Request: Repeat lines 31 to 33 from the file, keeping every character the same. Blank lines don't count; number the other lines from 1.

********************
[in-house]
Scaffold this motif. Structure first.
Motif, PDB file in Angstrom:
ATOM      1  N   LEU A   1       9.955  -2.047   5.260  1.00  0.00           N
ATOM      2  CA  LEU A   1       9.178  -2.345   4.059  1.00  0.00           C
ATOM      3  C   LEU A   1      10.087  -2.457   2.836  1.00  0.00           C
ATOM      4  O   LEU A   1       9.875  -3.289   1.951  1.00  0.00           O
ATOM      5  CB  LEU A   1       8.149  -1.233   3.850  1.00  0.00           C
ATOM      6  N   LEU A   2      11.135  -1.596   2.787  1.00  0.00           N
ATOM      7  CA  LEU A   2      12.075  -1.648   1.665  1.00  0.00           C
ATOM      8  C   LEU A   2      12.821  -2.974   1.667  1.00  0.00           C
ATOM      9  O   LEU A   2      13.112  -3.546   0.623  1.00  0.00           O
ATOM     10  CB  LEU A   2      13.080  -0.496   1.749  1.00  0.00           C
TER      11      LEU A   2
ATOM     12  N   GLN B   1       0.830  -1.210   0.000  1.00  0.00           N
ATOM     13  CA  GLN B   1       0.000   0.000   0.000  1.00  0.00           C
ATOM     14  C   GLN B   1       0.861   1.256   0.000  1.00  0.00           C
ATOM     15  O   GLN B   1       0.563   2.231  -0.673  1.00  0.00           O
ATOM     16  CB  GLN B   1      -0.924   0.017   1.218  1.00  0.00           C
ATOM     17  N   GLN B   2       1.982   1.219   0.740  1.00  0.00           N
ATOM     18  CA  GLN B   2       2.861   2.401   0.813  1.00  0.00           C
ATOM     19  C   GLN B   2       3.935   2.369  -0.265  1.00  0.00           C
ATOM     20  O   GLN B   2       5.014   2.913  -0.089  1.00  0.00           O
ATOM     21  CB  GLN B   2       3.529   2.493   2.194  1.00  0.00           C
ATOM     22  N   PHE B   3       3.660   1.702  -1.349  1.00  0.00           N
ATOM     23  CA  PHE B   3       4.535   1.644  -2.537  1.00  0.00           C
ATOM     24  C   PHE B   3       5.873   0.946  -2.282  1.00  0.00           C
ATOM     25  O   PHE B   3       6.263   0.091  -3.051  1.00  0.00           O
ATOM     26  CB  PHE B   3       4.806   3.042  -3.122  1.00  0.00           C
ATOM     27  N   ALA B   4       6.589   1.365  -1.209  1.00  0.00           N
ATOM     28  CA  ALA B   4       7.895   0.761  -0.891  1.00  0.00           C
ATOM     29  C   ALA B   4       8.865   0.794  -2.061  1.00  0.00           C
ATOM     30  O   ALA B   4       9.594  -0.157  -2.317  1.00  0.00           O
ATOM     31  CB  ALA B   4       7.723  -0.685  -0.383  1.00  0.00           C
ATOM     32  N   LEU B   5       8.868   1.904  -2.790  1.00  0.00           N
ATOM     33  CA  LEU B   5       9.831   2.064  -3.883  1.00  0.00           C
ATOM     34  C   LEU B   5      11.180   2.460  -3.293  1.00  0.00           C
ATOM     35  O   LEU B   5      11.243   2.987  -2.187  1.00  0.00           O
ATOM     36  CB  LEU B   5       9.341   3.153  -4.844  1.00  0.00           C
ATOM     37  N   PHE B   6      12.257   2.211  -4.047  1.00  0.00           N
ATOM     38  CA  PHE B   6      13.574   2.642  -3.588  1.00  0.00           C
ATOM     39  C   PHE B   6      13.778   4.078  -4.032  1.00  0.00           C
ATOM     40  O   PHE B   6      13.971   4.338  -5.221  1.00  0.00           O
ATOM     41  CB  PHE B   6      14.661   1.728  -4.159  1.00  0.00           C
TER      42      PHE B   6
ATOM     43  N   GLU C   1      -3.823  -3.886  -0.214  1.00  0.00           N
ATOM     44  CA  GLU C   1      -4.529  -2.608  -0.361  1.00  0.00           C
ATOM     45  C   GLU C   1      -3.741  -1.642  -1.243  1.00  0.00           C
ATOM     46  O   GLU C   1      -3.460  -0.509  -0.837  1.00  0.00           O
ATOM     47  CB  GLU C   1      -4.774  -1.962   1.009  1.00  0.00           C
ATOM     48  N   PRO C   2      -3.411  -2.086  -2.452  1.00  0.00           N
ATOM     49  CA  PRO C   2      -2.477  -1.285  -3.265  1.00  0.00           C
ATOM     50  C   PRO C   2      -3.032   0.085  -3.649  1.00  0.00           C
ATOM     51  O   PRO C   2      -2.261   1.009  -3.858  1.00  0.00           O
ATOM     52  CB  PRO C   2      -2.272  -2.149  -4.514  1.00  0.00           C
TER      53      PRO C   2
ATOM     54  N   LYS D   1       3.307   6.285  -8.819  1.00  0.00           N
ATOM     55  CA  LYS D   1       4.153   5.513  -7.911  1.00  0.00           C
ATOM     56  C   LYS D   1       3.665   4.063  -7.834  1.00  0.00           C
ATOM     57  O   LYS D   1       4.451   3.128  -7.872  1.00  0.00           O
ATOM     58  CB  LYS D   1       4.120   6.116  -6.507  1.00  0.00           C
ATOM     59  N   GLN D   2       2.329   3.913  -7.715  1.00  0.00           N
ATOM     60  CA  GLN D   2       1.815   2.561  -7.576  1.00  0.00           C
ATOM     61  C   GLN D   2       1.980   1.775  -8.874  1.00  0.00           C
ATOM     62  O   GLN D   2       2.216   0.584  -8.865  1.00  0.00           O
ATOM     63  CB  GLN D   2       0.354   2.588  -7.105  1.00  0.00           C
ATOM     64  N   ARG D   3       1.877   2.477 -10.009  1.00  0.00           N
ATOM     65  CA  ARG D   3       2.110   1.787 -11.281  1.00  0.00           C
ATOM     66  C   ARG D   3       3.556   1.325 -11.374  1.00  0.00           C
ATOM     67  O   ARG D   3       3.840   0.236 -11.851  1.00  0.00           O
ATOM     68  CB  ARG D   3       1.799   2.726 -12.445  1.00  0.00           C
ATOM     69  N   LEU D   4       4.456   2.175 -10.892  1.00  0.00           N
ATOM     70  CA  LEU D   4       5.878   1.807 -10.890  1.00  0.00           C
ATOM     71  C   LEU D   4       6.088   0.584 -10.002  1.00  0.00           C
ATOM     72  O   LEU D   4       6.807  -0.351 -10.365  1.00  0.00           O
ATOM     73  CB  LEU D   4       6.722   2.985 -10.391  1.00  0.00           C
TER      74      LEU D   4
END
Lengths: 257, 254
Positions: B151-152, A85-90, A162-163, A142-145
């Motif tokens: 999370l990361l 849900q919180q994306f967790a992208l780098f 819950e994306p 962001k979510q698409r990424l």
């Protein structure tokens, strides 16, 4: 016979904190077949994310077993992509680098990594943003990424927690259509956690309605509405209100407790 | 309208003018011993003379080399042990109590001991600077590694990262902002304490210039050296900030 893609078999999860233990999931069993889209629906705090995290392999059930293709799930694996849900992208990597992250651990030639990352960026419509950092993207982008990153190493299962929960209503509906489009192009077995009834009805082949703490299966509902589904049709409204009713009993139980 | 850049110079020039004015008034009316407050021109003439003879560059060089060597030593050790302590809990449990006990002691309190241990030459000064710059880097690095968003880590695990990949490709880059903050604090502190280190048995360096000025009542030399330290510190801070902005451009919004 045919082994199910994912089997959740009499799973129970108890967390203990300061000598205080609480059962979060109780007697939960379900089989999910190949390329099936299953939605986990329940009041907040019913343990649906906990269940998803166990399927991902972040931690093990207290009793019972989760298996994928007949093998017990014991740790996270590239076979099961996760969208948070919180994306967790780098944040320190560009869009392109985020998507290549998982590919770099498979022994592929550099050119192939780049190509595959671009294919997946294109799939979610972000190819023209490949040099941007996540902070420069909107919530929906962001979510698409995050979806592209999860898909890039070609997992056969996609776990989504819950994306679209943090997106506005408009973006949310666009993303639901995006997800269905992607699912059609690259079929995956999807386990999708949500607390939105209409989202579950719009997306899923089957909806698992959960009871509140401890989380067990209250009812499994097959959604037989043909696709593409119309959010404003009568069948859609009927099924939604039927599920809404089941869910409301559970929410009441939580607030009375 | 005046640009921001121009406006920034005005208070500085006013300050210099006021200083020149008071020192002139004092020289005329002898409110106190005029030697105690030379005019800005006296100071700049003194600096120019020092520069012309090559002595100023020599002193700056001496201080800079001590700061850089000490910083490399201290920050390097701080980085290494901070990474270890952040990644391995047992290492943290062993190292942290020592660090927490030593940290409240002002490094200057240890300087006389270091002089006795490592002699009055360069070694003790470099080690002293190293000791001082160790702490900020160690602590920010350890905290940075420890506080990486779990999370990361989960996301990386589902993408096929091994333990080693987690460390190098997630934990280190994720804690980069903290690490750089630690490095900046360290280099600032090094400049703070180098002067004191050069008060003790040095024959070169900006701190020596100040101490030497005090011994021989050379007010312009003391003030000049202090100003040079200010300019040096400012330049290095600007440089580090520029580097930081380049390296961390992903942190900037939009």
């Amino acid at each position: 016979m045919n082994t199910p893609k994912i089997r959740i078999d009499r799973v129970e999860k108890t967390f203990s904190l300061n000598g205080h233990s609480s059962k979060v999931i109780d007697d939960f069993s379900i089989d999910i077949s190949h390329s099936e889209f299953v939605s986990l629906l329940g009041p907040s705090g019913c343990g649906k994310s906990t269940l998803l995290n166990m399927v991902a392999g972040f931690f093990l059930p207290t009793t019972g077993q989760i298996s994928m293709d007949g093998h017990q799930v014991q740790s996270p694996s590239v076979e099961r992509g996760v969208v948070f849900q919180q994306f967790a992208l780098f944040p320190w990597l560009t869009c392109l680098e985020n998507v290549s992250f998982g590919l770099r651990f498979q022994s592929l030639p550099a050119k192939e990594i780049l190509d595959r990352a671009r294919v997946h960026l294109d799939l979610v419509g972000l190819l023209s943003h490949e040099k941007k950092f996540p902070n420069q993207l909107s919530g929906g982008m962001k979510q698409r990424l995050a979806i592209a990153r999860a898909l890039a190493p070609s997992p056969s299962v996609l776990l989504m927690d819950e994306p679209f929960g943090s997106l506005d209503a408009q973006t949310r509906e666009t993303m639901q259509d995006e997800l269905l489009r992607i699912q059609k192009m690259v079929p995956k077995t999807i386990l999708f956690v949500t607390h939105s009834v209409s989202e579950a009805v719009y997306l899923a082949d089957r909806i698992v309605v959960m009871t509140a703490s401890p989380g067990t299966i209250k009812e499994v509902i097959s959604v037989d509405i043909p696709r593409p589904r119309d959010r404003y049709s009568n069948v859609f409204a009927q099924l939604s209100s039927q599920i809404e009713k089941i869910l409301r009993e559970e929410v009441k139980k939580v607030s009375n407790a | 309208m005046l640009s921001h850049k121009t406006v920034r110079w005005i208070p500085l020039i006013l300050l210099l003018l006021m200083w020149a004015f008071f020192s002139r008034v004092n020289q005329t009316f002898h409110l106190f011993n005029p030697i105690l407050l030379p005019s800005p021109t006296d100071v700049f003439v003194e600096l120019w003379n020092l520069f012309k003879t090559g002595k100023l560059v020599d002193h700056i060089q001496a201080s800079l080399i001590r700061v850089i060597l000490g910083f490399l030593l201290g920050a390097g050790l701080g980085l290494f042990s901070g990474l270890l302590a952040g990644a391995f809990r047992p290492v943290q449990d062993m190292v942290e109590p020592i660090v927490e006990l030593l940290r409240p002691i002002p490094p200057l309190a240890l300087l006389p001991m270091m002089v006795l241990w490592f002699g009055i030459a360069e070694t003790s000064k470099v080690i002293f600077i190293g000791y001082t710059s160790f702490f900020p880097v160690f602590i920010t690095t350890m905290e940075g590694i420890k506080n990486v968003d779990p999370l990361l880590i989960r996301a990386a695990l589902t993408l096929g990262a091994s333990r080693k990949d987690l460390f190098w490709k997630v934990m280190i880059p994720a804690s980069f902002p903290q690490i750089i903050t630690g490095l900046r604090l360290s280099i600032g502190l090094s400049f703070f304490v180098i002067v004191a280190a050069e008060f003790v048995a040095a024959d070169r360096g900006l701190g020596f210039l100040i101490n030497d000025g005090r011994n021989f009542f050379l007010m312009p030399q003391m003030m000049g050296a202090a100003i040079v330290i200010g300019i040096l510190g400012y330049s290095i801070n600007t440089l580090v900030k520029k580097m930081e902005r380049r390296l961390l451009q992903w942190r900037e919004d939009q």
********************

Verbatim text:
ATOM     28  CA  ALA B   4       7.895   0.761  -0.891  1.00  0.00           C
ATOM     29  C   ALA B   4       8.865   0.794  -2.061  1.00  0.00           C
ATOM     30  O   ALA B   4       9.594  -0.157  -2.317  1.00  0.00           O